In addition to symphony conductor, Wasfi is also the founder and manager of the Peace through Art Foundation. In a well-guarded villa in the district of Al Mansour, the foundation gives music lessons to young people between the ages of six and twenty-five. The pupils can also take lessons in etiquette.
At the villa I speak to Wasfi’s assistant, Ghadi Al Tieaá, a well-kept Western-looking woman in her forties. Ghadi is a ballerina, but because Iraq had a ballet school but no ballet company of its own, she has regretfully never danced, only taught.
Her dream is that one day she may be able to give ballet lessons for the Peace through Art Foundation.
“Where does the money for the foundation actually come from?” I ask her in her office.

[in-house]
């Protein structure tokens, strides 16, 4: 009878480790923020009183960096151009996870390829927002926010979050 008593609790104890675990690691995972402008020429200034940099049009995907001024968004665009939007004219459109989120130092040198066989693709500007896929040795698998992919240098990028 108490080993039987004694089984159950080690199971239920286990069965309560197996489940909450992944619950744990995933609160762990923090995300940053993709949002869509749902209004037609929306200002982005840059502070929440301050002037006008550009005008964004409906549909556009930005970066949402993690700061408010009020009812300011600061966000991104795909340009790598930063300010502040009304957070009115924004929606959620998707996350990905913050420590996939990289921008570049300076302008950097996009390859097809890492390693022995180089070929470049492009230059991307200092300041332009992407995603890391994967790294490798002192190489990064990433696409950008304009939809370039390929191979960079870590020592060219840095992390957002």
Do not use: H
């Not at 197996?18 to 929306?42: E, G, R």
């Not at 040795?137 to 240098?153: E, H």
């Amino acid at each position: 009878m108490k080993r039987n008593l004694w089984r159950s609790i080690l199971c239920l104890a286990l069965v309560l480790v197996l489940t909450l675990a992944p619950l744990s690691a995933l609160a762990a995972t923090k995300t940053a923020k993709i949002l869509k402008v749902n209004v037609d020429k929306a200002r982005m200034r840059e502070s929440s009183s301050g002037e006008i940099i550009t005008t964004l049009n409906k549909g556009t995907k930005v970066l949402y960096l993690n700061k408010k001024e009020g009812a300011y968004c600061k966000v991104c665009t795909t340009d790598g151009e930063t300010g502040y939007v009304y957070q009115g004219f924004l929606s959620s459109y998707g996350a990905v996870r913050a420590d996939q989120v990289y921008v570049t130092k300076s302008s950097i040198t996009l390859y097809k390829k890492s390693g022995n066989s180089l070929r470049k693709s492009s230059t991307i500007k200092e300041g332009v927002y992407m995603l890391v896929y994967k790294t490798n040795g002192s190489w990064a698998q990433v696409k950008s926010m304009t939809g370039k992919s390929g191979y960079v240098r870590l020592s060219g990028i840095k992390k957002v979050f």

“From Mr. Wasfi himself,” she says.
“Does the government take part?” “No,” she says, “but sometimes we get money from wealthy people.” “Do you actually believe that peace can come through art?” I ask.
“Yes,” she says, “we really believe that. The children come here from all ranks of the population. Poor children don’t pay anything, rich children pay a contribution. They come here after school, three or four times a week.” She shows me the classrooms. Some of the dividing walls are made from a kind of thin particle board.
That afternoon I attend a rehearsal by an orchestra of about twenty children. The next day they will be giving a concert.
Ali Khasaf, concertmaster of the Iraqi National Symphony Orchestra, did not go to Basra; he has stayed here to be with the children. He has a moustache and curly gray hair.
They play Händel, a few pieces by Khasaf himself which sound like martial music, and finally Beethoven’s “Alle Menschen werden Brüder.” The clarinetist is a short, fat little 13-year-old boy. I can’t keep my eyes off him.